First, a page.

Js Hoisting Readme

Objectives

  • Explain what hoisting is
  • Explain why hoisting is important to remember

What Is Hoisting

JavaScript has a well-intentioned trick that can often lead to trouble (and nowadays, even when the trick is used well, it can make code less readable). Here's the gist:

// When we declare and assign a variable with `var`

var myVariable = 1;

// JavaScript actually treats it as a separate declaration and assignment:

var myVariable;
myVariable = 1;

// Here's the thing: JavaScript *hoists* variables like this to the _top_ of the file.
// So if we have a long file like this

var doSomethingComplicated = function() {
  // complicated stuff happening in here...
  // takes
  // a
  // lot
  // of
  // lines
  // of
  // code
}

var myVariable = 1;


// JavaScript actually interprets the file like

var doSomethingComplicated, myVariable;

doSomethingComplicated = function() {
  // ...
}

myVariable = 1

We call this process hoisting. For all intents and purposes, hoisting applies primarily to variables declared with var and to function declarations. Variables declared with let and const are technically hoisted, but they cannot be referenced until they're assigned. MDN offers a great explanation:

In ECMAScript 2015, let [and const] will hoist the variable to the top of the block. However, referencing the variable in the block before the variable declaration results in a ReferenceError. The variable is in a "temporal dead zone" from the start of the block until the declaration is processed. MDN - let

Variable Hoisting

While talking about hoisting, it's important to remember that JavaScript has function-level scope, which means that functions have access to variables that are defined outside of it, but any variables defined inside of a function are not accessible to the outside.

function myFunction(){
  console.log(word)
  var word = "cake";
}

Before reading on, what do you think the above will print? What did we say happens to variables in the previous section?

Ready?

Are you sure?

It would print out undefined. That's because variable hoisting just raises the variable declaration. JavaScript reads the above code like this:

function myFunction(){
  var word;
  console.log(word);
  word = "cake";
}

We see undefined printed in the console because JavaScript reads the variable as declared, but not defined.

To put this another way, we can declare the variable word simply by writing var word;. Its initial value is undefined. We can then assign a value to the variable by writing word = "cake";. In this way, JavaScript lets us split declaration and assignment into two different steps:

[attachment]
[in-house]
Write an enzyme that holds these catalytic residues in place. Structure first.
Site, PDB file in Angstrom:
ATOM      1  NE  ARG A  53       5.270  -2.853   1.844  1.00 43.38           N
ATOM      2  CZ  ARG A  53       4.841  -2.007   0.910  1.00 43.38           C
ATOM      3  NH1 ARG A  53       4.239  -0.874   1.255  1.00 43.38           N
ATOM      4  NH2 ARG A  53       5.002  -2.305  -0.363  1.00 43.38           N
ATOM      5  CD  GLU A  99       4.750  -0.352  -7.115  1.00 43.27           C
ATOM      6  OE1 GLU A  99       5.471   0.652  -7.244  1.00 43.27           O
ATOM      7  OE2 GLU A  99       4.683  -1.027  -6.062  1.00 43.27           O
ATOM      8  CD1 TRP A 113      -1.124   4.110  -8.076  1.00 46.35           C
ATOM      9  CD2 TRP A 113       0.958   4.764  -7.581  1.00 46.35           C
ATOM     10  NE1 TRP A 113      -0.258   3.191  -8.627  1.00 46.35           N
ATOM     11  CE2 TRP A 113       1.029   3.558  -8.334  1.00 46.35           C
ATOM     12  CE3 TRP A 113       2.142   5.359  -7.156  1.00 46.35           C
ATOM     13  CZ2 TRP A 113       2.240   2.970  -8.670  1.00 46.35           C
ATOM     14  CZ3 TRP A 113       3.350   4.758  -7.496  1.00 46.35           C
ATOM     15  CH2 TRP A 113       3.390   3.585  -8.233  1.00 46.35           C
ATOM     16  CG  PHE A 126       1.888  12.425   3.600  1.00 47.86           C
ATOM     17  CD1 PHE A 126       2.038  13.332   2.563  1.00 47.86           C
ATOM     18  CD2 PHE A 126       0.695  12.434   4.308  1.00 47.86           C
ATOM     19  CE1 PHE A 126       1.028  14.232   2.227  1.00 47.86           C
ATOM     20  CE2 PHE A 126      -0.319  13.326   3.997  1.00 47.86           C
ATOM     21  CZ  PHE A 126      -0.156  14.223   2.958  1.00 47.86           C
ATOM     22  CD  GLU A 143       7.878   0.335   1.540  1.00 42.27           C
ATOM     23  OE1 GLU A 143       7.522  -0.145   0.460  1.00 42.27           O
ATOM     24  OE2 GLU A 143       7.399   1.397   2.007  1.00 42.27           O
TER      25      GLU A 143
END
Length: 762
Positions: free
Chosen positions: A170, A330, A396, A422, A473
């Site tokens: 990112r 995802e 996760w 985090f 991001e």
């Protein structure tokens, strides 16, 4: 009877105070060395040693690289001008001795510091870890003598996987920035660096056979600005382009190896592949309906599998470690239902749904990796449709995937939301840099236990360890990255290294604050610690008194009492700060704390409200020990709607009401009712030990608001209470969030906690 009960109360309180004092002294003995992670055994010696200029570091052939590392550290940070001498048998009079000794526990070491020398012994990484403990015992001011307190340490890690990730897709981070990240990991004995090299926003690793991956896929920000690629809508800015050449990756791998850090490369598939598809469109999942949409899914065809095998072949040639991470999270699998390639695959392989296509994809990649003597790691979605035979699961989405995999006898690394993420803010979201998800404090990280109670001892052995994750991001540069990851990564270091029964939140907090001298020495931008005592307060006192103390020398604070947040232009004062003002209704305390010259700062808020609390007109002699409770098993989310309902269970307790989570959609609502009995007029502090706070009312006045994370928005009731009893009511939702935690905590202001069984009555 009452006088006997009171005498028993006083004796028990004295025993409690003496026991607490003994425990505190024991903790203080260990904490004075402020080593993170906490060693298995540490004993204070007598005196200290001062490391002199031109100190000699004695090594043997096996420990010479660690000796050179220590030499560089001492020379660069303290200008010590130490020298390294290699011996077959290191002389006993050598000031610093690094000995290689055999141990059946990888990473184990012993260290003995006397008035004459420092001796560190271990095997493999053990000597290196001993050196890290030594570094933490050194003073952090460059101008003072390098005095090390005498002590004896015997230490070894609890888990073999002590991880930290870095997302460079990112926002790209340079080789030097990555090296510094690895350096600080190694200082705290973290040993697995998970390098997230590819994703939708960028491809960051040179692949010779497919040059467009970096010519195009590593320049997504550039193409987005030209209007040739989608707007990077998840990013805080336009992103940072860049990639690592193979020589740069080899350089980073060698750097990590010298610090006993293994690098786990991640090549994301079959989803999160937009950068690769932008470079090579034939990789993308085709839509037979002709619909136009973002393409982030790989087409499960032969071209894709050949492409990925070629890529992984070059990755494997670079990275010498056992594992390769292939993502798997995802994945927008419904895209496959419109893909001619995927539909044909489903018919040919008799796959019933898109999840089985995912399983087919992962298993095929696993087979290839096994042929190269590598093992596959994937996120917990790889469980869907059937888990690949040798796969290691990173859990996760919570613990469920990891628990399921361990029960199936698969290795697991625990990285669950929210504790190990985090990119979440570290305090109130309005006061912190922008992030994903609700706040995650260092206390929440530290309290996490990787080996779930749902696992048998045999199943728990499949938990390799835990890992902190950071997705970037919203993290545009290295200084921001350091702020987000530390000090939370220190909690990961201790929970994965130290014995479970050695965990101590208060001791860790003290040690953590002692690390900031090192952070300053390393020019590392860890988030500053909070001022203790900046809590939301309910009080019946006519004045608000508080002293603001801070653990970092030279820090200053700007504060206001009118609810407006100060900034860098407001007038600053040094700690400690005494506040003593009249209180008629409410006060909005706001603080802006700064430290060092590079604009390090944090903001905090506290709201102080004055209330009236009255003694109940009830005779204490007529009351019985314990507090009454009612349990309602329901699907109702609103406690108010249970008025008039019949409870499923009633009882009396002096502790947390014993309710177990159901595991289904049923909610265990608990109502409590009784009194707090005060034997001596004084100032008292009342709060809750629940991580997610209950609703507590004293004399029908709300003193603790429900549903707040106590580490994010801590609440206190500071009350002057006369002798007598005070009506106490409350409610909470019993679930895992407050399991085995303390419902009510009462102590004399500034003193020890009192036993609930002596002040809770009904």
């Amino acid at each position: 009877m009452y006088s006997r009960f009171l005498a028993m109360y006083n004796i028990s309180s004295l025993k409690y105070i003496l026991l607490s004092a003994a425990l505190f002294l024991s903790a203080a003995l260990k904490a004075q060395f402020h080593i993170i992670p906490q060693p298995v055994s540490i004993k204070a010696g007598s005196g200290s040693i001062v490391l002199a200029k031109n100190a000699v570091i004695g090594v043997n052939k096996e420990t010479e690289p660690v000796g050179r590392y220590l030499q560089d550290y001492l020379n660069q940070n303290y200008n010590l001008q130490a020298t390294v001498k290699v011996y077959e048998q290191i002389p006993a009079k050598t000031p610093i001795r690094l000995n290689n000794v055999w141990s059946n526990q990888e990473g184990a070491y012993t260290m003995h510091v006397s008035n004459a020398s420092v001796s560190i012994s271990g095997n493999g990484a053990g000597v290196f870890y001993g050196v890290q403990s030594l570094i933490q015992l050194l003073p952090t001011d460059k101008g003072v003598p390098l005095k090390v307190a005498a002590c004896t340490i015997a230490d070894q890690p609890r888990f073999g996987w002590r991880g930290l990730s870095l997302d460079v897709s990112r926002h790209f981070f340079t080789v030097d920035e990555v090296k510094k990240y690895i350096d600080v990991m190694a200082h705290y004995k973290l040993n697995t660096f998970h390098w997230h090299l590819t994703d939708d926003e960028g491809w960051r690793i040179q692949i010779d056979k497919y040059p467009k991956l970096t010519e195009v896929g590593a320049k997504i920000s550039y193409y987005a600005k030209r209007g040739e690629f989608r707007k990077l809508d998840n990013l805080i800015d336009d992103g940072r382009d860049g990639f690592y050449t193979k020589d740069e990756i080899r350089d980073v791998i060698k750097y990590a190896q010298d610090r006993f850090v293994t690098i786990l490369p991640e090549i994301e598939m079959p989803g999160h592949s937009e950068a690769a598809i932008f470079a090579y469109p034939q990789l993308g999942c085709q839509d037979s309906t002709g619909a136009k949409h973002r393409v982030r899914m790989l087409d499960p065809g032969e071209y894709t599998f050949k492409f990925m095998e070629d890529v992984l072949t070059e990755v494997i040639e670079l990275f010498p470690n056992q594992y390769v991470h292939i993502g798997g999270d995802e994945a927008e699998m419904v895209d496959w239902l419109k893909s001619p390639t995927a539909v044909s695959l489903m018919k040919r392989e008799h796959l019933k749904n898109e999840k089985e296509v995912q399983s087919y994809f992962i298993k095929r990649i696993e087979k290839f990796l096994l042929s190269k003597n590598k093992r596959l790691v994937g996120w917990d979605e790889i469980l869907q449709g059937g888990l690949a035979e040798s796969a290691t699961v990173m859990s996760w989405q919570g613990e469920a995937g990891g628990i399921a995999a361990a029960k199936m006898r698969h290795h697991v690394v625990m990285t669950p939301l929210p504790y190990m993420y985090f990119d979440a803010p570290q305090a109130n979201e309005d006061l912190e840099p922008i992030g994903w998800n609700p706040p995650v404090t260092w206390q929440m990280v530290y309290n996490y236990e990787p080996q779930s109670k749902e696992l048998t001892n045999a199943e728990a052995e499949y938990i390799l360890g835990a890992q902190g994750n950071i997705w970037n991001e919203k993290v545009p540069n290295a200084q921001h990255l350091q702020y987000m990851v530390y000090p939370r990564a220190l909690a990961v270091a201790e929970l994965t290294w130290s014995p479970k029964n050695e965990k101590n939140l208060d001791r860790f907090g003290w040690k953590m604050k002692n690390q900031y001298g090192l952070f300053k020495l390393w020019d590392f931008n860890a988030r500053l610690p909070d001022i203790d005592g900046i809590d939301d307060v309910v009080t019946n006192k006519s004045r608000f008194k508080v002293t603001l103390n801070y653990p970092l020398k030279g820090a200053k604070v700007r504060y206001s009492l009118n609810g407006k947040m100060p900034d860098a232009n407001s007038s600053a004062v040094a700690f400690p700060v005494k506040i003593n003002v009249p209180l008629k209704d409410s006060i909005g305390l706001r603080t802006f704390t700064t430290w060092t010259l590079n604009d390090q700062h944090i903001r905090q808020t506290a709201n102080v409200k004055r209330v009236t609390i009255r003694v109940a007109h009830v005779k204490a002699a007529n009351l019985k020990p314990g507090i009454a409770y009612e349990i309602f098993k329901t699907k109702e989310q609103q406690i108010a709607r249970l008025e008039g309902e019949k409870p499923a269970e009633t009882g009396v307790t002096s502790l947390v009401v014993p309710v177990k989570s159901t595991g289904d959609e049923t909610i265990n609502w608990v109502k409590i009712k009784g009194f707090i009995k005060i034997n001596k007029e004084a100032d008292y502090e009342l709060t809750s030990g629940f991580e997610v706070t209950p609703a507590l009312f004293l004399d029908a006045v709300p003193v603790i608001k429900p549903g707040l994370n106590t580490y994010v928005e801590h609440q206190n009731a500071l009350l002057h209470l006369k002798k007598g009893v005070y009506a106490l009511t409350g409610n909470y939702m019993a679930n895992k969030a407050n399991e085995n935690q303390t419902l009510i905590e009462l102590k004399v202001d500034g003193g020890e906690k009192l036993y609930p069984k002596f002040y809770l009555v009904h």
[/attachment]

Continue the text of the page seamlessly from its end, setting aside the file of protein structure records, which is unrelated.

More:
var word;
word = "cake";

Or we can perform them both on the same line:

var word = "cake";

Under the hood, JavaScript is always hoisting the declaration to the top of the current scope and then performing the assignment at the appropriate line.

Let's start with an example of JavaScript accessing a variable inside a function that was defined outside:

var snack = "granola bar";
function eat(){
  console.log(snack);
}
eat();
// prints out "granola bar" and returns undefined

Let's modify the function a little bit:

var snack = "granola bar";
function eat(){
  console.log(snack);
  var snack = "snickers";
}
eat();
// prints out undefined, returns undefined
console.log(snack);
// prints out "granola bar"

In the example above, we first define the variable snack to store "granola bar". Then we define a function eat. Inside the function, we console.log(snack) (which we would expect to print out "granola bar" because of the variable definition outside the function). The following line, we define snack to store "snickers".

JavaScript reads our function like this:

function eat(){
  var snack;
  console.log(snack);
  snack = "snickers";
}

So our function will print out to the console undefined. Our function returns undefined because we have not explicitly given it a return value.

Outside the function, we call console.log(snack) which prints out "granola bar" because variables defined inside a function are scoped to that function.

Variable hoisting is important to remember because you want to define all variables at the top of the scope in which you need them. Define all variables at the top of your functions.

Function Hoisting

Function Declarations

Let's take the following example:

eat();

function eat(){
  console.log("time to eat cake!")
}

The above JavaScript executes correctly. The function prints out "time to eat cake!". That's because JavaScript hoists the entire function to the top of its scope, which in this case is the main scope of the program. JavaScript translates the above code to the following:

function eat(){
  console.log("time to eat cake!")
}
eat();

Function Expressions

Function expressions are handled differently than function declarations. Let's take an example:

eat();

var eat = function(){
  console.log("time to eat cake!");
}

The above code errors with Uncaught TypeError: eat is not a function. This is because the variable declaration for eat is hoisted, but not its assignment. JavaScript reads the above code like this:

var eat;
eat();
eat = function(){
  console.log("time to eat cake!");
}

Instructions

Make sure you run the tests in test/hoisting-test.js. You'll be coding your solutions in hoisting.js. You'll find a bunch of pre-written broken code. Your job is to fix the code to pass the tests.

  • Use your knowledge of variable hoisting to get the function callMe to return "maybe".

  • Use your function hoisting expertise to fix the function thisIsCrazy to console.log the string "hey!!!".

  • Fix the code inside the function sayMyName to get the function to print out "Kristin" to the console.

Resources

View Hoisting on Learn.co and start learning to code for free.

View Hoisting on Learn.co and start learning to code for free.

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